Sports drinks usually not necessary
Olympic medallists Simon Whitfield and Clara Hughes have teamed up with CBC Marketplace to put sports products to the test. They tested the performance benefits of different products to see if they’re actually valuable to consumers. Sports drinks didn’t make the cut.
The sports drink industry in Canada does over $450 million in sales.
The Marketplace investigation found that most Canadians don’t lose enough electrolytes to warrant replenishing with a sports drink, such as Gatorade. For the body to deplete enough electrolytes so that it needs to quickly replenish one would need to follow an intense workout for nearly an hour. The program had recreational runners do blood tests and then run for 45 minutes. They then did another blood test after the run. The verdict? The runners didn’t deplete enough sodium or potassium to need a replenishment beverage. The average workout does not require a sports drink to recover.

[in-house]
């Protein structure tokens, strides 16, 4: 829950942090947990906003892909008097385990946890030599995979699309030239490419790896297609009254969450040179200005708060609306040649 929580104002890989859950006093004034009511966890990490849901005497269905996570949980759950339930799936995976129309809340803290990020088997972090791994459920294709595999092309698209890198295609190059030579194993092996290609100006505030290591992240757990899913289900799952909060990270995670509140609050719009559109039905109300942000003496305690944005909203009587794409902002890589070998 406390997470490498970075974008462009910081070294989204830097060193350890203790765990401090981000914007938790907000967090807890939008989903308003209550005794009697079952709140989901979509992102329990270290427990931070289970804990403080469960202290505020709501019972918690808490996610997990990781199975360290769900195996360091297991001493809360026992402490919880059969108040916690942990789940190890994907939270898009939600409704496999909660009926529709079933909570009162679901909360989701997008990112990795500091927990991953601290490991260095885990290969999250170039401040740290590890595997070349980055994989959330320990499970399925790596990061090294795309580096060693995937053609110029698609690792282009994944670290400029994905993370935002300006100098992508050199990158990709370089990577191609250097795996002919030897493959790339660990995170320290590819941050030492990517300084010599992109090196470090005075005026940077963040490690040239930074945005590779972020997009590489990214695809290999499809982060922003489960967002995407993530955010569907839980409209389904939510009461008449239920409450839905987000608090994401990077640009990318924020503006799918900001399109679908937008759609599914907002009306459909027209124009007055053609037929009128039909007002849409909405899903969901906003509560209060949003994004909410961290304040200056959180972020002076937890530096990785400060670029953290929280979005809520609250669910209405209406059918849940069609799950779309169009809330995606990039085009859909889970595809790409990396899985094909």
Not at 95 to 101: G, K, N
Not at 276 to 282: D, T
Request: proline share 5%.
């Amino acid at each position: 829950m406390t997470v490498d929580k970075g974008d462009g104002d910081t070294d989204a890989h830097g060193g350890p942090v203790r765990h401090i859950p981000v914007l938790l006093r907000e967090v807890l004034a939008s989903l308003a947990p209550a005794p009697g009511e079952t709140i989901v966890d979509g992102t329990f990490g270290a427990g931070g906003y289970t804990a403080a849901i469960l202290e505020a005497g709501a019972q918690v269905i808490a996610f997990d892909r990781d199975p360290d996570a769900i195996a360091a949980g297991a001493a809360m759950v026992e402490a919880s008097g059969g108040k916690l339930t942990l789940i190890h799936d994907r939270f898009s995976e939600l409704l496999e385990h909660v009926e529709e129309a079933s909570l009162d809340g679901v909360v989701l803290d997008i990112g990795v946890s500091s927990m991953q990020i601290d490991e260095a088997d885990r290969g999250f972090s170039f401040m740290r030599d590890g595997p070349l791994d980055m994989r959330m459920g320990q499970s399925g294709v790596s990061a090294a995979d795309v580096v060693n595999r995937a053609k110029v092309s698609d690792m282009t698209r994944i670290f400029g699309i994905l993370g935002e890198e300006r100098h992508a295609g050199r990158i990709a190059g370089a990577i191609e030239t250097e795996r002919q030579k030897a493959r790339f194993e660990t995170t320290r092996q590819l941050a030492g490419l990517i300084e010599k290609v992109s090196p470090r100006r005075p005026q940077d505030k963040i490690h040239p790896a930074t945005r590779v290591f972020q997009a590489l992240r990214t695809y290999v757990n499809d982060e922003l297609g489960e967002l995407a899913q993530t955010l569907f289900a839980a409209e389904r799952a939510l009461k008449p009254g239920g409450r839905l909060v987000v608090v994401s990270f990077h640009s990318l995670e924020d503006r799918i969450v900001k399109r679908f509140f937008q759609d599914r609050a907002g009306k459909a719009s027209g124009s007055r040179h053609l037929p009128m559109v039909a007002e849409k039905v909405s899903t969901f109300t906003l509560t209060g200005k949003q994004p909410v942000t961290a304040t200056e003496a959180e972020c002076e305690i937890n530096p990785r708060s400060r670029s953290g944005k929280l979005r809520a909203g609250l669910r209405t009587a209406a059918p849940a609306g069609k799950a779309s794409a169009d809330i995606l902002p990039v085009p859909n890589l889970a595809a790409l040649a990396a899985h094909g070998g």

“Sports drinks are fantastic for keeping electrolytes levels well, rehydrating you and giving you sugar that you need to exercise,” Greg Wells, who is a human physiology researchers at the University of Toronto, told CBC. “But the average person, in a gym, typical spin class, yoga class, going to lift some weights, you need water.”
Children should also not be drinking as many sports drinks as adults. They sweat less and need less electrolytes to keep active.
This all comes on the heels of the Canadian Food Inspection Agency stripping popular British sport drink Lucozade from the shelves of retailers in Canada for being enriched with vitamins and minerals. Lucozade has also been taking flak from Britain’s Advertising Standards Authority for claiming in recent commercials to hydrate better than water. The commercials have been banned.
The Marketplace episode will air on CBC Friday, Jan. 31, at 8:00 p.m. EST.